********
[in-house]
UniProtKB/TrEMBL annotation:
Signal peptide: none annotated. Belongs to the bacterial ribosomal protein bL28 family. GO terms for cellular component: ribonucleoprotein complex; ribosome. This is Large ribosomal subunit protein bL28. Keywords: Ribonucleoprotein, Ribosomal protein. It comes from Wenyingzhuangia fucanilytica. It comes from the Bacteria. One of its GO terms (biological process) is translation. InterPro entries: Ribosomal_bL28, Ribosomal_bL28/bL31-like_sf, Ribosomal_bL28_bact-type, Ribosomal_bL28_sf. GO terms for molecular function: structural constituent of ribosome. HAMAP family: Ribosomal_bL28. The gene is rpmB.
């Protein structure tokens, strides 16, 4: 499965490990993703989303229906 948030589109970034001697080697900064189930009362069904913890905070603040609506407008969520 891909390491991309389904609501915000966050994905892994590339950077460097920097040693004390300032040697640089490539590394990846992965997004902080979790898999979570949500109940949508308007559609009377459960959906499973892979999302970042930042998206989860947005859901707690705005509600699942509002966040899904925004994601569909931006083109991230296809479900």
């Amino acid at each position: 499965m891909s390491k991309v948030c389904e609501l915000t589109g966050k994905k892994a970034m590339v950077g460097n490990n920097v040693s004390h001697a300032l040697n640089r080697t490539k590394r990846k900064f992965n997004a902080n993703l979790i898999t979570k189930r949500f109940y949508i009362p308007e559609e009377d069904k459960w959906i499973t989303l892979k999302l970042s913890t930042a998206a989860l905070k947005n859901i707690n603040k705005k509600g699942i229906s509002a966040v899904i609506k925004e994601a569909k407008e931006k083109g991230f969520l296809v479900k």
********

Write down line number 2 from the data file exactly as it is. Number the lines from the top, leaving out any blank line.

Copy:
UniProtKB/TrEMBL annotation: